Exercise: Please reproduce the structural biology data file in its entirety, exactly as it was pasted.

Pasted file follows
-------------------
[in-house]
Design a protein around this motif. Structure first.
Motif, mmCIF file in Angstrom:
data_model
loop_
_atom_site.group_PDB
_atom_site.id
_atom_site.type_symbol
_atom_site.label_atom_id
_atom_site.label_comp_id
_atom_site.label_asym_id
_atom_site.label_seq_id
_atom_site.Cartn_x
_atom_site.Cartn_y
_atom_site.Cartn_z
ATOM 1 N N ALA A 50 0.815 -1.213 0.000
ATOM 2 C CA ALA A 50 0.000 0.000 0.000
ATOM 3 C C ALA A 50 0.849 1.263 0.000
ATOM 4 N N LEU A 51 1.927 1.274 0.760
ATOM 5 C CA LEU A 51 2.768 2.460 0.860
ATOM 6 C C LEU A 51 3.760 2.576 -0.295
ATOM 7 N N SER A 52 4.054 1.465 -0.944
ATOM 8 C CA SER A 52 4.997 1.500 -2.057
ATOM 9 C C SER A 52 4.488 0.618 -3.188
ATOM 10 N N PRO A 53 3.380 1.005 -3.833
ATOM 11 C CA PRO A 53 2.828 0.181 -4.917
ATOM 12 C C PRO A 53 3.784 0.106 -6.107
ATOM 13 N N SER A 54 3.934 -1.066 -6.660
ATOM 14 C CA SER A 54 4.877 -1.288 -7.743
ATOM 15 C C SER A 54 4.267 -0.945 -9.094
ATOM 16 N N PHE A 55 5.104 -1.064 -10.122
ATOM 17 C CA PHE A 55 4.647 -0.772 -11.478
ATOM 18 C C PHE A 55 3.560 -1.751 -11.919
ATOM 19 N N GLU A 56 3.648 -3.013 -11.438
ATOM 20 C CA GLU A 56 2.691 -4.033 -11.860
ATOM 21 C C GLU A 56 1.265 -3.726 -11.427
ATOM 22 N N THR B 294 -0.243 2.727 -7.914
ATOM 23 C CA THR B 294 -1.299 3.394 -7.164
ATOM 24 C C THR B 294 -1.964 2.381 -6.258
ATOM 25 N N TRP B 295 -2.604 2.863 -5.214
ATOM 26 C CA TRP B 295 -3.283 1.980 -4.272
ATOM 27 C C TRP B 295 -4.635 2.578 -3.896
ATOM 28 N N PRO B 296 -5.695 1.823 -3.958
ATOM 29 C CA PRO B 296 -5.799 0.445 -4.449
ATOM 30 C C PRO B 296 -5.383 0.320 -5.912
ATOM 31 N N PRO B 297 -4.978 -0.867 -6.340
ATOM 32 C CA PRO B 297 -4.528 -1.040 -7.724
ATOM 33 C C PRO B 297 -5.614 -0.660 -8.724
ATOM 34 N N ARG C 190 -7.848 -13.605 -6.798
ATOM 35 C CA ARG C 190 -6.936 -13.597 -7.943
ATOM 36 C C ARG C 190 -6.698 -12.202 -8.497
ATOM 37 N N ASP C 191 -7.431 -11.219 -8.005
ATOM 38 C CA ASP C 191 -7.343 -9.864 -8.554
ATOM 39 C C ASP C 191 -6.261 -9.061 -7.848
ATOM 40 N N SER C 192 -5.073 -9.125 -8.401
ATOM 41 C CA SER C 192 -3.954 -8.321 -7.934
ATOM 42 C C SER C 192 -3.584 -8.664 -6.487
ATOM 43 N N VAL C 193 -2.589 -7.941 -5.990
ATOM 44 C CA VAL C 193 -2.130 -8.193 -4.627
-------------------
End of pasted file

[in-house]
Design a protein around this motif. Structure first.
Motif, mmCIF file in Angstrom:
data_model
loop_
_atom_site.group_PDB
_atom_site.id
_atom_site.type_symbol
_atom_site.label_atom_id
_atom_site.label_comp_id
_atom_site.label_asym_id
_atom_site.label_seq_id
_atom_site.Cartn_x
_atom_site.Cartn_y
_atom_site.Cartn_z
ATOM 1 N N ALA A 50 0.815 -1.213 0.000
ATOM 2 C CA ALA A 50 0.000 0.000 0.000
ATOM 3 C C ALA A 50 0.849 1.263 0.000
ATOM 4 N N LEU A 51 1.927 1.274 0.760
ATOM 5 C CA LEU A 51 2.768 2.460 0.860
ATOM 6 C C LEU A 51 3.760 2.576 -0.295
ATOM 7 N N SER A 52 4.054 1.465 -0.944
ATOM 8 C CA SER A 52 4.997 1.500 -2.057
ATOM 9 C C SER A 52 4.488 0.618 -3.188
ATOM 10 N N PRO A 53 3.380 1.005 -3.833
ATOM 11 C CA PRO A 53 2.828 0.181 -4.917
ATOM 12 C C PRO A 53 3.784 0.106 -6.107
ATOM 13 N N SER A 54 3.934 -1.066 -6.660
ATOM 14 C CA SER A 54 4.877 -1.288 -7.743
ATOM 15 C C SER A 54 4.267 -0.945 -9.094
ATOM 16 N N PHE A 55 5.104 -1.064 -10.122
ATOM 17 C CA PHE A 55 4.647 -0.772 -11.478
ATOM 18 C C PHE A 55 3.560 -1.751 -11.919
ATOM 19 N N GLU A 56 3.648 -3.013 -11.438
ATOM 20 C CA GLU A 56 2.691 -4.033 -11.860
ATOM 21 C C GLU A 56 1.265 -3.726 -11.427
ATOM 22 N N THR B 294 -0.243 2.727 -7.914
ATOM 23 C CA THR B 294 -1.299 3.394 -7.164
ATOM 24 C C THR B 294 -1.964 2.381 -6.258
ATOM 25 N N TRP B 295 -2.604 2.863 -5.214
ATOM 26 C CA TRP B 295 -3.283 1.980 -4.272
ATOM 27 C C TRP B 295 -4.635 2.578 -3.896
ATOM 28 N N PRO B 296 -5.695 1.823 -3.958
ATOM 29 C CA PRO B 296 -5.799 0.445 -4.449
ATOM 30 C C PRO B 296 -5.383 0.320 -5.912
ATOM 31 N N PRO B 297 -4.978 -0.867 -6.340
ATOM 32 C CA PRO B 297 -4.528 -1.040 -7.724
ATOM 33 C C PRO B 297 -5.614 -0.660 -8.724
ATOM 34 N N ARG C 190 -7.848 -13.605 -6.798
ATOM 35 C CA ARG C 190 -6.936 -13.597 -7.943
ATOM 36 C C ARG C 190 -6.698 -12.202 -8.497
ATOM 37 N N ASP C 191 -7.431 -11.219 -8.005
ATOM 38 C CA ASP C 191 -7.343 -9.864 -8.554
ATOM 39 C C ASP C 191 -6.261 -9.061 -7.848
ATOM 40 N N SER C 192 -5.073 -9.125 -8.401
ATOM 41 C CA SER C 192 -3.954 -8.321 -7.934
ATOM 42 C C SER C 192 -3.584 -8.664 -6.487
ATOM 43 N N VAL C 193 -2.589 -7.941 -5.990
ATOM 44 C CA VAL C 193 -2.130 -8.193 -4.627